In an unusual fertility malpractice case, a California woman has won a $1- million settlement, after she was implanted with the wrong embryo. National Correspondent Hattie Kauffman explains.
After years of struggling with infertility, trying all of the latest medical techniques, Susan Buchweitz finally got her wish: a healthy baby boy.
"You just want a baby so bad," Buchweitz says. "You pray and you pray and you pray that this time it would take."
But the child is now at the center of a bizarre custody and medical malpractice case.
"It's a nightmare," her lawyer, Nancy Hersh, says, "a total nightmare."
Buchweitz came to a clinic in San Francisco to be implanted with an embryo. On the same day, another couple was to be implanted. Their embryo was mistakenly placed in Buchweitz. Though the error was discovered in minutes, the truth didn't come out for 18 months.
"It's been very traumatic," Buchweitz says.
Both embryos used donor eggs. The couple's embryo was fertilized with the husband's sperm so he now has a biological tie to Buchweitz's baby.
Buchweitz says, "I was just shocked, I was shocked."
Hersh notes, "This doctor decided that he did not have to tell Susan Buchweitz what he had put in her body."
Dr. Steven Katz agreed to pay Susan Buchweitz a $1 million settlement.
Buchweitz recalls, "He said a terrible mix-up has happened."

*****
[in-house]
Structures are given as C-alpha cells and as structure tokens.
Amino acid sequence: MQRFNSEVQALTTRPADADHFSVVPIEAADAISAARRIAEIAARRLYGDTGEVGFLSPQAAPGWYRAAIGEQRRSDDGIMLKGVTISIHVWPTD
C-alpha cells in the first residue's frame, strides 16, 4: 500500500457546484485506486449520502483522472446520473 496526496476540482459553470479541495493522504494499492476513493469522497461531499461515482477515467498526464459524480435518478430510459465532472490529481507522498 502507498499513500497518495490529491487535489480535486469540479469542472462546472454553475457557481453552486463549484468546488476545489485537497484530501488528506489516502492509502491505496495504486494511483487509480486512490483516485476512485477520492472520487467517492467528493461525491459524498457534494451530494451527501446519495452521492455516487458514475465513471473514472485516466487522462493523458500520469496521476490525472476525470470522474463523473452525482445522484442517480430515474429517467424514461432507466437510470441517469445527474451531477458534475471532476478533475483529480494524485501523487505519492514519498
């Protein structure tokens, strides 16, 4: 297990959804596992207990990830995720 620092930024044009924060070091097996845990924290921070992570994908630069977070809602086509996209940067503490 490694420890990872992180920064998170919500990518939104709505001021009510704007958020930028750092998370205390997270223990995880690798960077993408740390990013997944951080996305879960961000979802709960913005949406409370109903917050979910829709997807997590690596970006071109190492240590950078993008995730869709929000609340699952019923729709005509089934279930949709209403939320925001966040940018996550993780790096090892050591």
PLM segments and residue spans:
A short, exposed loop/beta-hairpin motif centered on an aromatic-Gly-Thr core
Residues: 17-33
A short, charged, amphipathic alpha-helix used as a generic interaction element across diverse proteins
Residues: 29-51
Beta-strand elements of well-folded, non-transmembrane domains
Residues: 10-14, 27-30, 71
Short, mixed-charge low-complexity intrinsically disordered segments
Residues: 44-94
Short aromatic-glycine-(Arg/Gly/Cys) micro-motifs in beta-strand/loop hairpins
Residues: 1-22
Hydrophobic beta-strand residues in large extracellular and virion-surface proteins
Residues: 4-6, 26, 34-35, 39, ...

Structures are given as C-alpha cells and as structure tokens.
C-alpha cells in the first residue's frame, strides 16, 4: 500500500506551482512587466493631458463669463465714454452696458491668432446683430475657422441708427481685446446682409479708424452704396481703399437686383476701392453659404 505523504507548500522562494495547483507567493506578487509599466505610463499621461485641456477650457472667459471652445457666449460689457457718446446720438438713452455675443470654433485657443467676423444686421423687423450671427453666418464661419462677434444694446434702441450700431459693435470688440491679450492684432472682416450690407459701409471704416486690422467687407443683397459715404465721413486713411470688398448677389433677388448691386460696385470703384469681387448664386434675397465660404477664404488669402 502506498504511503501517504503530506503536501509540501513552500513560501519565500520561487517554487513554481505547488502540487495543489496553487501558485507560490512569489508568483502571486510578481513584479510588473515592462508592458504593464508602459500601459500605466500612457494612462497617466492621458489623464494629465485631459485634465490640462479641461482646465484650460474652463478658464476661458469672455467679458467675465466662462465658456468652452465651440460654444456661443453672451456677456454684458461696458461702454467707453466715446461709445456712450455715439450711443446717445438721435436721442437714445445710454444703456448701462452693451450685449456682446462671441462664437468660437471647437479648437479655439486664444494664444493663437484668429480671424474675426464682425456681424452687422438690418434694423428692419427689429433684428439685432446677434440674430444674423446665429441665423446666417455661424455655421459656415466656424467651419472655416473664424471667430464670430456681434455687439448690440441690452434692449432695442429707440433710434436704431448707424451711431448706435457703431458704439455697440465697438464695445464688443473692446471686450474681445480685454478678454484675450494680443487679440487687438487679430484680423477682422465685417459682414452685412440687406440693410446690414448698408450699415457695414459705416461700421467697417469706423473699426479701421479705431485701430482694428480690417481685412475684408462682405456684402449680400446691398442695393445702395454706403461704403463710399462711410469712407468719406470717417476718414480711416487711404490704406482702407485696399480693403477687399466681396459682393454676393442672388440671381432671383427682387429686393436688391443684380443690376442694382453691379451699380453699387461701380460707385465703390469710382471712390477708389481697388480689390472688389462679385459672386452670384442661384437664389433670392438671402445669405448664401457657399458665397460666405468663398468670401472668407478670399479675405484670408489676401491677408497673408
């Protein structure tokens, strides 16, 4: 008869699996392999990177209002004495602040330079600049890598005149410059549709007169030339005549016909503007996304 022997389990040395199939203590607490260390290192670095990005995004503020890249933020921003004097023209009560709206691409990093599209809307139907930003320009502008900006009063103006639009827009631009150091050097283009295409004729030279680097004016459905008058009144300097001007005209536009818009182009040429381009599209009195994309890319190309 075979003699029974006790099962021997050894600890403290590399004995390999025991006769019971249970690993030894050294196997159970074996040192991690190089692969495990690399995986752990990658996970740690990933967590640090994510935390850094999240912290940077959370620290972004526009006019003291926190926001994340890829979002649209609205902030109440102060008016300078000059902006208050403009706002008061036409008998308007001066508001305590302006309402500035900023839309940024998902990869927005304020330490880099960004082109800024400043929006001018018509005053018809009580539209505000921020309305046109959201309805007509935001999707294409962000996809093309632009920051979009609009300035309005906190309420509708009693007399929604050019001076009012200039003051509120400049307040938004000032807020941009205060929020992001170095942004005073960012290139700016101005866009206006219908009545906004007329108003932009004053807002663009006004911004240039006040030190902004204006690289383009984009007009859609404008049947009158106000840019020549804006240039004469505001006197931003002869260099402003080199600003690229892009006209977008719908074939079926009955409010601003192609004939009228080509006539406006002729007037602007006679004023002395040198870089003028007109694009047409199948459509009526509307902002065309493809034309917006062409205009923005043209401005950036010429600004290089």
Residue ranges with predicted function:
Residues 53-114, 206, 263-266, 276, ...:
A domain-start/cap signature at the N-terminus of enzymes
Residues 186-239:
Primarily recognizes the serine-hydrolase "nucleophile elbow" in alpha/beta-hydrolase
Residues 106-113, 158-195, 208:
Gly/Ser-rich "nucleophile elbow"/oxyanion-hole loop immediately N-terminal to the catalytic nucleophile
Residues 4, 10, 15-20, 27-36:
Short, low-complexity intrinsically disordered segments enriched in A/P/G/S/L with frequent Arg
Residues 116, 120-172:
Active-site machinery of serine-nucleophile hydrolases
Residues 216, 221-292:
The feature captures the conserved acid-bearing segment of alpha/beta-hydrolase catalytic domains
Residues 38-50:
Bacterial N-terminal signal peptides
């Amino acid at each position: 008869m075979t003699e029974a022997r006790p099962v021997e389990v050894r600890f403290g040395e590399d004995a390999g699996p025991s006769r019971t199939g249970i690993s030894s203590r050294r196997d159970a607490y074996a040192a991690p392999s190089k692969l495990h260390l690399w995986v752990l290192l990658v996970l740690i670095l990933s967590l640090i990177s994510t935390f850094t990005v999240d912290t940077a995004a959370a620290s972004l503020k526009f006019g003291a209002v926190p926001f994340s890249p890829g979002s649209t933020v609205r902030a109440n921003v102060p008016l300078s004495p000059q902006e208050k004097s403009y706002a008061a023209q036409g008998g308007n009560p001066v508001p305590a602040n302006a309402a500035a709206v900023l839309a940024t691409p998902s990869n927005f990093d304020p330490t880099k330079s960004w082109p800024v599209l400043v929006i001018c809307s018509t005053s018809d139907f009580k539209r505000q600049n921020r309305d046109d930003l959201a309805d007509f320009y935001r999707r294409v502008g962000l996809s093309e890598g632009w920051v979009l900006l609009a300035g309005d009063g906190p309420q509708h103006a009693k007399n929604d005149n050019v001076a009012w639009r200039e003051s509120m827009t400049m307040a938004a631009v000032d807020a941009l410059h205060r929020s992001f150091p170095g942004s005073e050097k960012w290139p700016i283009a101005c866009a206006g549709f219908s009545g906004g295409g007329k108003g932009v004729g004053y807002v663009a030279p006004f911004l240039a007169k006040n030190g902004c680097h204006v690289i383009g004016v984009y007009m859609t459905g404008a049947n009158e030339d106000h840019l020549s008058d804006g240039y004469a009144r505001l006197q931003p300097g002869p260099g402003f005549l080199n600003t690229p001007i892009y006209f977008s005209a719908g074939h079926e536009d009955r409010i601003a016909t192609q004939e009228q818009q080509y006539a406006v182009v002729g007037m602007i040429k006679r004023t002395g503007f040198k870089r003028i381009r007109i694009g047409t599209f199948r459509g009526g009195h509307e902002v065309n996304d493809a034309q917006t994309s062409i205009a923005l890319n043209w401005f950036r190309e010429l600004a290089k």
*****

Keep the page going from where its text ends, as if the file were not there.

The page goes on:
Dr. Katz would not consent to an interview. The California Medical Board has filed an accusation that he was "grossly negligent" and "incompetent in the practice of medicine."
Mahmoud Abouzeid, who represents the embryologist who worked side by side with Dr. Katz says, "My client immediately advised the physician of the mistake. The physician chose independently not to disclose the mistake to the patient.
Dr. Stanley Korenman, a medical ethicist, says, "In this case, they blew it." Doctors must tell patients the truth, he notes.
Dr. Stanley Korenman, of the UCLA School of Medicine says, "They were responsible to tell the patient right away and let her make her decision."
In a further complication, the other couple now wants custody of the boy.
Buchweitz says, "I thought being a single mom that in vitro, was, you know, an answer and a viable way to bring a child into the world."
Her biggest fear now, she says, is "that he will be hurt or harmed because of this."
For now, Buchweitz says the boy is doing well. "He has a unique story, and I just pray that he'll have the emotional fortitude to be OK through all of this," she says.
The other couple in the embryo mix up is also suing the doctor.